Wildlife Tours for the disabled

Bo BeolensBo Boelens (the “Fat Birder”, UK) has been an advocate for many years for birding experiences for the less than fit. He sent us a podcast on the topic birding for the disabled, to be viewed by delegates at the Wildlife Tourism Australia workshop in Darwin, 2014. You can view the essentials here:  http://www.wildlifetourism.org.au/wp-content/uploads/WS2013-BirdingForAll.pdf?x79844

You can also visit the blog entry Bo wrote for us: birding for the disabled 

It’s not only birds, but wildlife in general that can be of interest to those who are simply not fit enough to get around as readily as the rest of us.  I wouldn’t like to see a major road constructed to the top of every wild mountain so that no-one is denied the views (I have heard this suggestion) and I’m sure wheel-chair-bound nature-lovers wouldn’t want this kind of disruption to native habitats either, but there are many environmentally-friendly ways ways to make things easier for the less able wildlife enthusiasts

Enabling disabled or unfit enthusiasts includes physical structures scubas seats by walking tracks and ramps for wheelchairs, and  appropriate guiding (e.g. finding out your tourists needs without embarrassing them about it, checking for signs of fatigue or giddiness).

“Disabled” does not just mean people in wheel-chairs.  There are many conditions not quite so obvious, including recent hip displacements, lack of balance due to ear injuries, potentially dangerous asthma, pregnancy etc. may limit a person’s ability to travel as fast or as far as other visitors.The visually impaired may miss out on seeing all the birds others can readily enjoy, but  can still enjoy listening to bird and frog calls and the whole sensation of being in the forest  and learning about the creatures they are hearing or that others are seeing clearly. The hard of hearing may miss out on a lot of the interpretation unless a guide sensitive to their problem can give them the same information in print form, explain things by drawing quick sketches, etc. The intellectually handicapped may also be genuinely very enthusiastic about seeing our animals, and their interest should be taken seriously, by guides prepared to be patient with their attempts to understand.

We welcome comments from both guides and travelers on this topic (also tourism managers, researchers and others with an interest in the topic)

4 Comments

  1. What a great topic – have just discovered it a year after it started. Later is still good…have just resumed camping after 20 years. Reliance on CPAP machines to keep breathing at night was the barrier. Retirement funds bought the camper trailer, deep cycle batteries installed in trailer now let my partner and I (both late 60s women) use our CPAPS for several nights without needing to re-charge. Gluepot Reserve was a fantastic re-introduction to bush camping and gorgeous birds.
    Difficulties for CPAP users are access to powered sites (rarer than night parrots at wild camps) and permission to recharge with a generator (denied at most wild camps). We are OK for now but keep looking for ways to stretch our trips….the super-quiet generator we bought was still not negotiable at Gluepot, and taking down our whole camp in order to drive outside park boundaries for a re-charging session was not appealing. Planning Sydney to Lakefield National Park via inland one way, coast the other, for July! Thanks, Ruth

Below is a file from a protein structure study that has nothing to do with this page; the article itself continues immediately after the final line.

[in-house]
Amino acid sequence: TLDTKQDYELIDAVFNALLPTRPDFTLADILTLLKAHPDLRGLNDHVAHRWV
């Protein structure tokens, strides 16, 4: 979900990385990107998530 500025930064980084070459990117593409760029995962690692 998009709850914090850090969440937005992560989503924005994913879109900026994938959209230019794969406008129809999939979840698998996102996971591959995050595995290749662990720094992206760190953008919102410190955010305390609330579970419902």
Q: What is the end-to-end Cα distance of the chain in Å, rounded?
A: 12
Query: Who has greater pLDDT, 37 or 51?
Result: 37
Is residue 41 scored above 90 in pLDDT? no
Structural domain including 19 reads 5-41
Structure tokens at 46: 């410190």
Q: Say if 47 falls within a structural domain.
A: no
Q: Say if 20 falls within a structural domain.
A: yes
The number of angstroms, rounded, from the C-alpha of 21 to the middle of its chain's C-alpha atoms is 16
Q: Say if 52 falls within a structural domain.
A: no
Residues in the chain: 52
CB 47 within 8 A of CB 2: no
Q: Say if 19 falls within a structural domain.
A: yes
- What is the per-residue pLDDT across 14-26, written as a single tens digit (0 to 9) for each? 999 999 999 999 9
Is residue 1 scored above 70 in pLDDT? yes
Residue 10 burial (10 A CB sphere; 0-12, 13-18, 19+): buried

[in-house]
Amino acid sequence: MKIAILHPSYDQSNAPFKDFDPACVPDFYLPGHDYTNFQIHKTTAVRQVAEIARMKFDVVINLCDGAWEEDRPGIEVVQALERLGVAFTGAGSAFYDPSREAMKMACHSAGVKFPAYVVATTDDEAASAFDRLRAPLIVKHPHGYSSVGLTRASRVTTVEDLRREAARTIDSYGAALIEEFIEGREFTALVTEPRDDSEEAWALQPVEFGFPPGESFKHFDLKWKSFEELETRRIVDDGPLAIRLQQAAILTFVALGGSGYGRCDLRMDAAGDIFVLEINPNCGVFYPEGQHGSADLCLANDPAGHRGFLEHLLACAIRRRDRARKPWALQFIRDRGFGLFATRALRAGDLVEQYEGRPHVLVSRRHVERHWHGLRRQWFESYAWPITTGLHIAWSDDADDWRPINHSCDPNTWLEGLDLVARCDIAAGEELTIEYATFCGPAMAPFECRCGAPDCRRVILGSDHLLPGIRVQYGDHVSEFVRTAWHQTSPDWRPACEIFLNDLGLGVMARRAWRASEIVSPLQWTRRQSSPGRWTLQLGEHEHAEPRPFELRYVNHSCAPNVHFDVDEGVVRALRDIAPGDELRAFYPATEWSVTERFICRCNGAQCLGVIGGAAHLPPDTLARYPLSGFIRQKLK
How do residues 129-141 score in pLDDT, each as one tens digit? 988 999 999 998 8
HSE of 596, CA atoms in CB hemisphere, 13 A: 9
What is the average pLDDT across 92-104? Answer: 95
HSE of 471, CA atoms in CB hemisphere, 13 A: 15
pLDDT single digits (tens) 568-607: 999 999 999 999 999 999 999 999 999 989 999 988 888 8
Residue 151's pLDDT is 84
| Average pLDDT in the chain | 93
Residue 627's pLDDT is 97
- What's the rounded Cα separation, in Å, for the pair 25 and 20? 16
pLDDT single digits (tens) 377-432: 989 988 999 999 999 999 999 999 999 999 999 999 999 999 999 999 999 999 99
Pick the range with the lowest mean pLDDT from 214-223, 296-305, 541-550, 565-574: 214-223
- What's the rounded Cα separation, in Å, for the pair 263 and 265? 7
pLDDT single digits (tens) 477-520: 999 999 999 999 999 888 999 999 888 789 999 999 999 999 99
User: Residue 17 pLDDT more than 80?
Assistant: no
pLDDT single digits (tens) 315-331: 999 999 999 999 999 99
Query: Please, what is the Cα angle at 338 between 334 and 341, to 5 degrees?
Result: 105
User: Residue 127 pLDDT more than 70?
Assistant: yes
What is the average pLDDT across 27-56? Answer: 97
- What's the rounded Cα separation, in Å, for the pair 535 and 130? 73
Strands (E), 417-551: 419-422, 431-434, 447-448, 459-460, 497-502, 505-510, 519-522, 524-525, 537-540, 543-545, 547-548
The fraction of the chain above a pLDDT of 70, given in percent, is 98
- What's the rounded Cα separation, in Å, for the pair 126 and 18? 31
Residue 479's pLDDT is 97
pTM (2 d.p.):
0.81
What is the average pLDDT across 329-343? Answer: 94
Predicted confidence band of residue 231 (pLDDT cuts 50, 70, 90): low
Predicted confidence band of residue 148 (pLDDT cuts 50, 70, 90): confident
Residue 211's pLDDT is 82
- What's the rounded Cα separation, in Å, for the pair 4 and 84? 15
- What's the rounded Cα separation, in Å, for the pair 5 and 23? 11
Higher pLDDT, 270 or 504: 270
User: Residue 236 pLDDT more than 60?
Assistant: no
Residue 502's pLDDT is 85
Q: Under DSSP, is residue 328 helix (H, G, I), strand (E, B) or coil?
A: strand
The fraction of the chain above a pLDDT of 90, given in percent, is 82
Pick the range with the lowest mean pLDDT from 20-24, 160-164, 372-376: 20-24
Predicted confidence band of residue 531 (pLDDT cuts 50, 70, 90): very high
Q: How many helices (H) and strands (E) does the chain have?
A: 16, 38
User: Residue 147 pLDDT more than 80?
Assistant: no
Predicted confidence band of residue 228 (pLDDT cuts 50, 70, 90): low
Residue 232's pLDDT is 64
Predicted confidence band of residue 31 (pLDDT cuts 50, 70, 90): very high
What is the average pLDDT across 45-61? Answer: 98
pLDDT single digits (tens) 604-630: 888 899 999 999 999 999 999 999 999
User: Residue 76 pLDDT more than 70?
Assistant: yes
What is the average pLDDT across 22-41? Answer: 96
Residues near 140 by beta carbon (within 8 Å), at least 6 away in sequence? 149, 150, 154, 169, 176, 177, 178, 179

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  2. No, I definitely would *not* want to see big ugly roads crisscrossing beautiful wild lands. I don’t think that’s the right solution to create more universally accessible wildlife tour options throughout the world.

    In California (my home), many beach state parks offer “sand chairs” on loan for visitors who would like to traverse the beaches but need to use a wheelchair. These chairs have big, burly all-terrain wheels and a different balance-point than a “standard” wheelchair. These chairs do well on sand and even on some rocky trails.

    For me, because I don’t use a wheelchair but I need to sit and rest often, I don’t necessarily want benches built everywhere for me. I’d rather figure out how to carry a lightweight seat that meets my specific physical needs with me when I’m traveling.

    I think that this type of technology is a better direction for universal usability. Rather than concentrating on changing the surrounding environment, I’d love to see focus on changing modes of travel to better suit the people. Does that make any sense?

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  3. Heather from Adelaide has asked me to put this in on her behalf:

    “This year I was injured while on holidays. I had two days of birding tours booked with Araucaria Wildlife Tours before my flight home. I asked Ronda if she could cater for me – yes. Ronda opened and closed the vehicle door, did up my seat belt, tied my shoe laces in preparation for walking, took photographs and ticked off the birds we saw. Thank you for ending my holiday on a pleasant note. Heather”

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